Skip to content

9 Tips for Writing Emails When You Live With Anxiety

I don’t know who invented email, but I’d love to give them a piece of my mind. I swear, sending and receiving electronic messages is even more anxiety-provoking than face-to-face communication, which is already stressful enough for me despite being an extrovert. If I could go back to mailing letters, I totally would.

Unfortunately, email communication is a necessary evil for most of us, and living with an anxiety disorder can complicate messaging others even further. However, I have come up with some “hacks” or “tips” to help make writing emails at least slightly anxiety-provoking.

1. Breathe!
I know, I know — telling someone with anxiety to “just breathe” is anything but helpful. However, it is important for anyone experiencing anxiety to take a moment to acknowledge the emotion and, if needed, use coping skills to reduce the intensity of your feelings.

2 Identify the underlying cause of your anxiety.
Obviously sending emails causes an uptick in your anxiety symptoms… but why? Are you worried about how the other person will respond? Are you worried you won’t sound intelligent enough? Does the mere idea of being assertive make your skin crawl?

Identifying the “why” behind your feelings can help you use the right tools and coping skills as you send the message. You may find that sending any type of message triggers your anxiety, or you may find the underlying cause varies based on the situation. Either way, it’s OK.

3. Think about your goal.
Identifying the rationale behind your anxiety can help you decide how to cope. However, identifying the goal of the email you’re working on can help you determine the best approach for tackling the task at hand. It will also help you reframe what’s important and what isn’t worth worrying over.

For example, if you’re emailing out a virtual invitation to your child’s birthday party, then your goal is just to get the information out there in a way that’s easy to read and understand. Inversely, if you’re mailing your resume to a hiring manager, you want to make sure you put your best foot forward.

4. Keep it brief.
When I feel anxious, I tend to ramble, overapologize, and fill awkward pauses with my own voice. Unfortunately, I’ve noticed these same issues translate over into my anxious email messages, too.

Here’s the thing, though: The less time I spend writing a message, the less anxious I feel.

Also, brief messages don’t have to be cold or emotionless. They just get straight to the point, which often removes ambiguity. This can help you avoid misunderstandings or conflicts down the line, which avoids additional anxiety triggers.

5. Don’t reinvent the wheel.
Are you still unsure how to even start your message? Well, chances are if you Google the type of email you’re trying to send, you’ll find at least a few templates or suggestions online. These templates can serve as a guide so you feel more confident in your message.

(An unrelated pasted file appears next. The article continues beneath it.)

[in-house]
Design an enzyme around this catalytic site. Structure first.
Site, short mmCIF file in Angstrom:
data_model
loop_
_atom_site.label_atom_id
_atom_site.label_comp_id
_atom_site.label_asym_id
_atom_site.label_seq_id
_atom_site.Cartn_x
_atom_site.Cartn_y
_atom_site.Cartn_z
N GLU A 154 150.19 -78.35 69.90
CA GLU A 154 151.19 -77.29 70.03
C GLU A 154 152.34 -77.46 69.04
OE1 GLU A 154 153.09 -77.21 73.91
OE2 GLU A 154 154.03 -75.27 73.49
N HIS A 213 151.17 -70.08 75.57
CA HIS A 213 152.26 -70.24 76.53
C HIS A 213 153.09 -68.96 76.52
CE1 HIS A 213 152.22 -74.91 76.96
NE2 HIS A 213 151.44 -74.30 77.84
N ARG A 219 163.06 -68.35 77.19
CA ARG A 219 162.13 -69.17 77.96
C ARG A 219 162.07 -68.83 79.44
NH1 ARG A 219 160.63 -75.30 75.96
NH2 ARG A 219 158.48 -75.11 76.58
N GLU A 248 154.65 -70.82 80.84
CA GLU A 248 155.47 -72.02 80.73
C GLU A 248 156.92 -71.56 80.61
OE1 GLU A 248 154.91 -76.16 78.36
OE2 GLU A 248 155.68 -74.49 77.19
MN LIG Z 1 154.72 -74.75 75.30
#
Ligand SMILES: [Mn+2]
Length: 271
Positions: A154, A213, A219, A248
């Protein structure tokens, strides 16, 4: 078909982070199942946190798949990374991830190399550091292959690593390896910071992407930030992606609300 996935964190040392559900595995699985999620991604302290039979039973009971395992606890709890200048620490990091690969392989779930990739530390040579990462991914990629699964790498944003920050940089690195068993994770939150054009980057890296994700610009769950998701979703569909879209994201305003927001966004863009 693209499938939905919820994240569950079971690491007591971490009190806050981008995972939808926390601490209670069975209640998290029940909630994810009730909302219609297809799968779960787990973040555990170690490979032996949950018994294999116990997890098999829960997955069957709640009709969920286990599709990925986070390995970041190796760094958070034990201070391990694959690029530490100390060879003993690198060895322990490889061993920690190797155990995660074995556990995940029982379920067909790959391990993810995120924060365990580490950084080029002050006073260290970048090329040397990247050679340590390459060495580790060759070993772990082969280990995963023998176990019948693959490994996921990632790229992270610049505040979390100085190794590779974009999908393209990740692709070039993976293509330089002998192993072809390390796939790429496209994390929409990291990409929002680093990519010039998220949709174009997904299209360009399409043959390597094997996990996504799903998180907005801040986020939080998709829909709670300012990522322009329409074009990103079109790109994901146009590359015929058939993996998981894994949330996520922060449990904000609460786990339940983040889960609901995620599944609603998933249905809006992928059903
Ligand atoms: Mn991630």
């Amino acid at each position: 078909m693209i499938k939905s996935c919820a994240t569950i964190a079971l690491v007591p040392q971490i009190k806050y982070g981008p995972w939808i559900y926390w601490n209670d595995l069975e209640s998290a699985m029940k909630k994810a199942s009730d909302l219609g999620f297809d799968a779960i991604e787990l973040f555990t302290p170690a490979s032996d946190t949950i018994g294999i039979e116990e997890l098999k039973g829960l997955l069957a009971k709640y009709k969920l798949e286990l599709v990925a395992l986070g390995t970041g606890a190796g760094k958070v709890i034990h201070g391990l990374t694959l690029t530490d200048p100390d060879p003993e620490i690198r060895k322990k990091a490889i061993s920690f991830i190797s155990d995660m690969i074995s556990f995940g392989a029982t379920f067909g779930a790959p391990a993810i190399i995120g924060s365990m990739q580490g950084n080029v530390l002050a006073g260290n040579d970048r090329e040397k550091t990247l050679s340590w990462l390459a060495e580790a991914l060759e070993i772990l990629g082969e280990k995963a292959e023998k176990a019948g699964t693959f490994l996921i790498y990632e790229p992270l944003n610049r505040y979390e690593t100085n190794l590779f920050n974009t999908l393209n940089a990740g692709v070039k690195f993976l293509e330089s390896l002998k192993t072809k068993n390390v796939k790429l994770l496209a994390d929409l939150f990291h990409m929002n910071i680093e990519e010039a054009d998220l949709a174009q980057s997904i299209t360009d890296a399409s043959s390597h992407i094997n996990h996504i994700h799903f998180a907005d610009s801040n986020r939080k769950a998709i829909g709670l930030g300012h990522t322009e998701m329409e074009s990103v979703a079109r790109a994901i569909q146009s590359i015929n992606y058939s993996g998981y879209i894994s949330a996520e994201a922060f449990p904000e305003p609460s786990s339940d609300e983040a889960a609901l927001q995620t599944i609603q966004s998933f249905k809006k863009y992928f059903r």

6. Save it and read it again later.
Sometimes a set of fresh eyes and a different mindset can help when sending particularly important emails out. So, if you have time, consider saving the message as a draft and returning to it once you feel less emotionally invested in it.
If you don’t have time to let the email sit in your Drafts folder for a few hours, you still may want to at least read the message over one more time before sending it. This will help you catch any typos or rambling that may have occurred due to your elevated stress levels.

7. Have someone else look it over.
There are times when a fresh set of eyes can literally mean bringing a new person in to read what you wrote. Depending on the situation, this could be a friend, coworker, family member, or another person you know.

When you ask someone to read it over, it may help if you give them specific guidelines for what you’d like them to look for or correct. You can also tell them if there’s anything you absolutely will not change, as this avoids possible conflict later on.

8. Use a checklist to look over everything at the end.
Checklists can be a great tool for people with anxiety. They help you make sure you don’t forget things, and it gives you reassurance after the fact that you did everything right.

You could easily make an email checklist that includes:

  • Verifying the correct recipients are included.
  • The subject line is clear.
  • Any attachments are included.
  • The body of the email is easy to read and (mostly) typo-free.
  • Checking your signature line..

When the email is done, set a time limit to use the checklist and get to it. Then you can tell yourself you did everything you needed and push send.

9. Walk away after you send it (or close your inbox).
Unfortunately, the anxiety doesn’t always end once you push “send,” especially if you sit and refresh your inbox every minute or two until you get a reply. For this reason, I make it a habit to either close my inbox or walk away from my desk completely once I send the message. This helps avoid ruminating and gives me a chance to refocus my attention, which lowers my anxiety in a natural way.

Article Source